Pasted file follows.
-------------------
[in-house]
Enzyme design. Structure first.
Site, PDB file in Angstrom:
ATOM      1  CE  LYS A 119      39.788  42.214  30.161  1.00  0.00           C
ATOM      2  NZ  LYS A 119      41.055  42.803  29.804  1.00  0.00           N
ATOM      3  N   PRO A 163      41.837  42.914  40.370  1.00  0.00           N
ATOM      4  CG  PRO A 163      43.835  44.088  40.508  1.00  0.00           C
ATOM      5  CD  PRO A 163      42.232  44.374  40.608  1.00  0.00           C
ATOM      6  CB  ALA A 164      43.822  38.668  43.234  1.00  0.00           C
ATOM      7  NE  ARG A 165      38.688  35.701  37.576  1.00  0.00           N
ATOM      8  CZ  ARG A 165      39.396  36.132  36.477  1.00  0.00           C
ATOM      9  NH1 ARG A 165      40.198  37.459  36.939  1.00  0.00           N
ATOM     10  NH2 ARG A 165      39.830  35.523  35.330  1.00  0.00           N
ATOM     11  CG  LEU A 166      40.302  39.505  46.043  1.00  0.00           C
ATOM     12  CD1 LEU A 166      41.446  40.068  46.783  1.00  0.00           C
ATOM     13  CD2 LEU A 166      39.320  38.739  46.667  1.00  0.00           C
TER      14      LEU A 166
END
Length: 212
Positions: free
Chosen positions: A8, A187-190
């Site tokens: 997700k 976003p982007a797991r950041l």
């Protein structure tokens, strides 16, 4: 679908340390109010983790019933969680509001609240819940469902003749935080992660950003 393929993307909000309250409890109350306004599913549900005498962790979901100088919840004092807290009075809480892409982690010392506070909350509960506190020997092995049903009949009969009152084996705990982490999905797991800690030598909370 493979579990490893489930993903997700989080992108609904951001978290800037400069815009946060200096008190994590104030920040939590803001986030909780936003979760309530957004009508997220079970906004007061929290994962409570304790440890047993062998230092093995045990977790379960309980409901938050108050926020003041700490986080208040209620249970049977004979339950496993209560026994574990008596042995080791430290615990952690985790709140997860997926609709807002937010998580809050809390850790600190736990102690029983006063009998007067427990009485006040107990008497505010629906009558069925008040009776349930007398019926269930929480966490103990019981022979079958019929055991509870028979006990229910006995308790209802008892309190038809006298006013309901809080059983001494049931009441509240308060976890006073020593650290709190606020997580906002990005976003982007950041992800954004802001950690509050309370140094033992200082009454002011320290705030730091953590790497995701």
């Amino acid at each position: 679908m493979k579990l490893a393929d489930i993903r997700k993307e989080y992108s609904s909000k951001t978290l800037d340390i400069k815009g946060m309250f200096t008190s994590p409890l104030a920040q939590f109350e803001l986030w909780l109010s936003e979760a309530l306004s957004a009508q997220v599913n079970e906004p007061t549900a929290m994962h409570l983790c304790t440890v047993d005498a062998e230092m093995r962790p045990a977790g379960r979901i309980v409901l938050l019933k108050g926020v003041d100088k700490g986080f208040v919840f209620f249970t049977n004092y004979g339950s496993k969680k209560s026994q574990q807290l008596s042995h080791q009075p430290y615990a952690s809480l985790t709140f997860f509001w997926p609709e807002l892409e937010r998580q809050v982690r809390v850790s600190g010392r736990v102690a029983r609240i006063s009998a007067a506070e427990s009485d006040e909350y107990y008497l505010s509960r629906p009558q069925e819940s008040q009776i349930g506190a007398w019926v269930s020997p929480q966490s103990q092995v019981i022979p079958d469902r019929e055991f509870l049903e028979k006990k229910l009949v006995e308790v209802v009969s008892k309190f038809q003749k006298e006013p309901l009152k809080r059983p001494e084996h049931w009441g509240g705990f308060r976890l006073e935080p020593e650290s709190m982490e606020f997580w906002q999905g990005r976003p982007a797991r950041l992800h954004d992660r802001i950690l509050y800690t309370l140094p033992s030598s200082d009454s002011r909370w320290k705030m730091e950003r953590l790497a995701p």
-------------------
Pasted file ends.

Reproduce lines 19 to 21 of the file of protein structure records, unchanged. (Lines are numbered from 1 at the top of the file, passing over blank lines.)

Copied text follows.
Length: 212
Positions: free
Chosen positions: A8, A187-190